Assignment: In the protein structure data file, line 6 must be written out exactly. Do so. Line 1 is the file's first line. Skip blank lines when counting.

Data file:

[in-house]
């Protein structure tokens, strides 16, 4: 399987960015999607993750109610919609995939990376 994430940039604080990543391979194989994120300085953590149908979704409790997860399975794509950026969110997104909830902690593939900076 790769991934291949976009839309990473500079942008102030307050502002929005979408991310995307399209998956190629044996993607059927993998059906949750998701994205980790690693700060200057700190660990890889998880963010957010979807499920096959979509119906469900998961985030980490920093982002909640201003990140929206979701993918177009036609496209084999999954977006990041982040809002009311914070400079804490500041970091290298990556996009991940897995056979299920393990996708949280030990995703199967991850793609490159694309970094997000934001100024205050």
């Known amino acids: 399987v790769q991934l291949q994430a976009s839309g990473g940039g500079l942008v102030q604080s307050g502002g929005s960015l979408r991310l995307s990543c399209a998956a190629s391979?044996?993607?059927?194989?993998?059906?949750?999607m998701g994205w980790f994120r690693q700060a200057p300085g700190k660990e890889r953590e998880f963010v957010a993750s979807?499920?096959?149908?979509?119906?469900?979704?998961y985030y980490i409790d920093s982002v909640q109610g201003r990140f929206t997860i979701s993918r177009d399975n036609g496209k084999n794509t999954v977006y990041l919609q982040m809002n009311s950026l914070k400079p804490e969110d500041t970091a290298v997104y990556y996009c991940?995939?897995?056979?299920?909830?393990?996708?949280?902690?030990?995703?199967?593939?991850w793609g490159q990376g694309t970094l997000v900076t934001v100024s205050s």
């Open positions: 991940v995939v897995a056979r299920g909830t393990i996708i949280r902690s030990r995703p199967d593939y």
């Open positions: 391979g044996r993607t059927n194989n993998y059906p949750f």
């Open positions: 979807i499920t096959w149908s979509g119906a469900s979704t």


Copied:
């Open positions: 979807i499920t096959w149908s979509g119906a469900s979704t």